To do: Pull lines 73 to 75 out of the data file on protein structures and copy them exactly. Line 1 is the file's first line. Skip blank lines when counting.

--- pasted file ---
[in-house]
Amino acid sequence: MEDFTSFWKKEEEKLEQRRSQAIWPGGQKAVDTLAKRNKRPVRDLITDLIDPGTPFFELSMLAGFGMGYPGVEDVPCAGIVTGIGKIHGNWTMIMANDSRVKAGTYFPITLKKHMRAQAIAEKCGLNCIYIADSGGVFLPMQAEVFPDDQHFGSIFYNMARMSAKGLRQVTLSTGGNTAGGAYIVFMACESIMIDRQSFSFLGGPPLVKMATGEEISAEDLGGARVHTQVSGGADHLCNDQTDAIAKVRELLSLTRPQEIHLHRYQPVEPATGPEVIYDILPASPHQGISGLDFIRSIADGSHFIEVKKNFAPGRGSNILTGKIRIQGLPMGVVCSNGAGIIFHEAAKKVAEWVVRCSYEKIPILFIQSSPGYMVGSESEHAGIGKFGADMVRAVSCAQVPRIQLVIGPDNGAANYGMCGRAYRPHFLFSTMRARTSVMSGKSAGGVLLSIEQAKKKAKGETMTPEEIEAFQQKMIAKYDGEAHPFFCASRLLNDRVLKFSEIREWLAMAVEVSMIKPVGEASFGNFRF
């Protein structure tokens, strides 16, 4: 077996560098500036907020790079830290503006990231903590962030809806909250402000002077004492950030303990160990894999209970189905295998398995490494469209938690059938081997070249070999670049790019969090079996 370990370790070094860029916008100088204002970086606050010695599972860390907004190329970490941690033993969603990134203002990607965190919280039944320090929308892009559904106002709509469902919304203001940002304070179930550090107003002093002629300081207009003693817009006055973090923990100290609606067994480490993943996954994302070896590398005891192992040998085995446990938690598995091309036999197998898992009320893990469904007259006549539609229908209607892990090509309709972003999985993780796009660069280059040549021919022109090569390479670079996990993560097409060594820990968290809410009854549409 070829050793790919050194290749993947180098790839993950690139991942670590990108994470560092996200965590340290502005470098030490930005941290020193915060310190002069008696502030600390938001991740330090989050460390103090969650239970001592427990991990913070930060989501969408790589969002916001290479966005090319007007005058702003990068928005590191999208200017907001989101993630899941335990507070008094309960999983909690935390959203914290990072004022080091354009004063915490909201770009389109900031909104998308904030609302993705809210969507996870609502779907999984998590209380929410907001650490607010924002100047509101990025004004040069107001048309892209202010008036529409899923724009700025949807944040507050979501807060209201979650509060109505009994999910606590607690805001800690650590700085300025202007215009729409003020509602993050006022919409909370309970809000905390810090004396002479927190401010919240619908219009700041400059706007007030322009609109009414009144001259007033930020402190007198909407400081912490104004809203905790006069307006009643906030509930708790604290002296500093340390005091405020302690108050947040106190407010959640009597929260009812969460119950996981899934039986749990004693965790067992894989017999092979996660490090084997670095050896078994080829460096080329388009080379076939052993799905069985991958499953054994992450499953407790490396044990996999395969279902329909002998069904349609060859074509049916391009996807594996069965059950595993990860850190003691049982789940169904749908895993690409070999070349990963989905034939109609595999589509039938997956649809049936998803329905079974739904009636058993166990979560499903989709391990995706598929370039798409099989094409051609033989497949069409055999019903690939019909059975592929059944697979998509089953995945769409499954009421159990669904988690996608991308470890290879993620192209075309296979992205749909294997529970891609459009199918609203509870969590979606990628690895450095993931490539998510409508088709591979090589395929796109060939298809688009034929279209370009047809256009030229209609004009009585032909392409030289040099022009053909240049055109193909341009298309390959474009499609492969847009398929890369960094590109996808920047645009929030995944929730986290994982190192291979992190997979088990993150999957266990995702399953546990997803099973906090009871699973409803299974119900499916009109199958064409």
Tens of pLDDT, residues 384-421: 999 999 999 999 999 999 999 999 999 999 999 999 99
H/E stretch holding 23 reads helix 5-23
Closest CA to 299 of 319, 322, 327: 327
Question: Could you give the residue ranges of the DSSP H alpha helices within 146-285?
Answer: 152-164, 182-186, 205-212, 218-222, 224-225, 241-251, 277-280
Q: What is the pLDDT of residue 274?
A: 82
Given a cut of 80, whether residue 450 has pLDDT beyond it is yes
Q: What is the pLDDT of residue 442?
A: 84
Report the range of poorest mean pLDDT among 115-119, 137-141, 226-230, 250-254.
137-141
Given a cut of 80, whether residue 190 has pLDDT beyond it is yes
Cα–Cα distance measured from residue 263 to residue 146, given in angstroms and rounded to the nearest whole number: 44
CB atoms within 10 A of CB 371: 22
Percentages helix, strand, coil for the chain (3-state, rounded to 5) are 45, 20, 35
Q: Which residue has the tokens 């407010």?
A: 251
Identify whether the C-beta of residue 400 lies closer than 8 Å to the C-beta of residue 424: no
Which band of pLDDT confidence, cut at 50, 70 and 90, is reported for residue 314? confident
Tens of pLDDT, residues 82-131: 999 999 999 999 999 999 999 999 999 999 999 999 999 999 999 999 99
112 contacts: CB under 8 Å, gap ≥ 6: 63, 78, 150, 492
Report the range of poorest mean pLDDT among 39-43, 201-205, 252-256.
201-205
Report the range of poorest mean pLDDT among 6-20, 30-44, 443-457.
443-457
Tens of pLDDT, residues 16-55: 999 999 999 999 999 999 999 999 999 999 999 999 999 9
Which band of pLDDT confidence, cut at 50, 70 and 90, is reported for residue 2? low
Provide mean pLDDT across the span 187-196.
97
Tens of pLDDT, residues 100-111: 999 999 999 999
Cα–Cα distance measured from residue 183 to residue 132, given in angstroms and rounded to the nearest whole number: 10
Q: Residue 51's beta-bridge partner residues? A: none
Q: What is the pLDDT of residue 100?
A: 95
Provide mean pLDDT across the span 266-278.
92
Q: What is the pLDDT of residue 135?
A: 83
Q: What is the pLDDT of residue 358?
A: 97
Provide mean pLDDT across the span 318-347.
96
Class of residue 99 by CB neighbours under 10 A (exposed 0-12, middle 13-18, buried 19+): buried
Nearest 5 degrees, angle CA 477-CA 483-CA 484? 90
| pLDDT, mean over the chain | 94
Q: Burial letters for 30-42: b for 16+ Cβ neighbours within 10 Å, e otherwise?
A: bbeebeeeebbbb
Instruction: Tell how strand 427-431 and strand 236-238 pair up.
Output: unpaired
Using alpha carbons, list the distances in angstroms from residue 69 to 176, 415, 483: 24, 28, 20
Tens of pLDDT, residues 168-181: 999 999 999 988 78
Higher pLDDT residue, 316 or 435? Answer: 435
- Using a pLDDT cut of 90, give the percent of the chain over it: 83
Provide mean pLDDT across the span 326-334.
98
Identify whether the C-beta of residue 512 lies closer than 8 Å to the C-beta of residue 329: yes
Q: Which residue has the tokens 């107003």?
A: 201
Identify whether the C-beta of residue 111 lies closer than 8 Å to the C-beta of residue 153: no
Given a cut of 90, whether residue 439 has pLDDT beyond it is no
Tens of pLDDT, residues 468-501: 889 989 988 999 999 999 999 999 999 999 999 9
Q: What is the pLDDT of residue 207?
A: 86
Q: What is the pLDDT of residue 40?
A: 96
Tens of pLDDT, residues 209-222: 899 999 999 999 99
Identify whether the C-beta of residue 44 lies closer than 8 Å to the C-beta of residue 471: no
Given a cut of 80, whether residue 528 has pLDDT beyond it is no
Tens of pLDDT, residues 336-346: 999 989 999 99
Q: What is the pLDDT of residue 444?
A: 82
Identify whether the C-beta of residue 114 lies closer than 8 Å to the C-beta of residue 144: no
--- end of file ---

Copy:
Tens of pLDDT, residues 336-346: 999 989 999 99
Q: What is the pLDDT of residue 444?
A: 82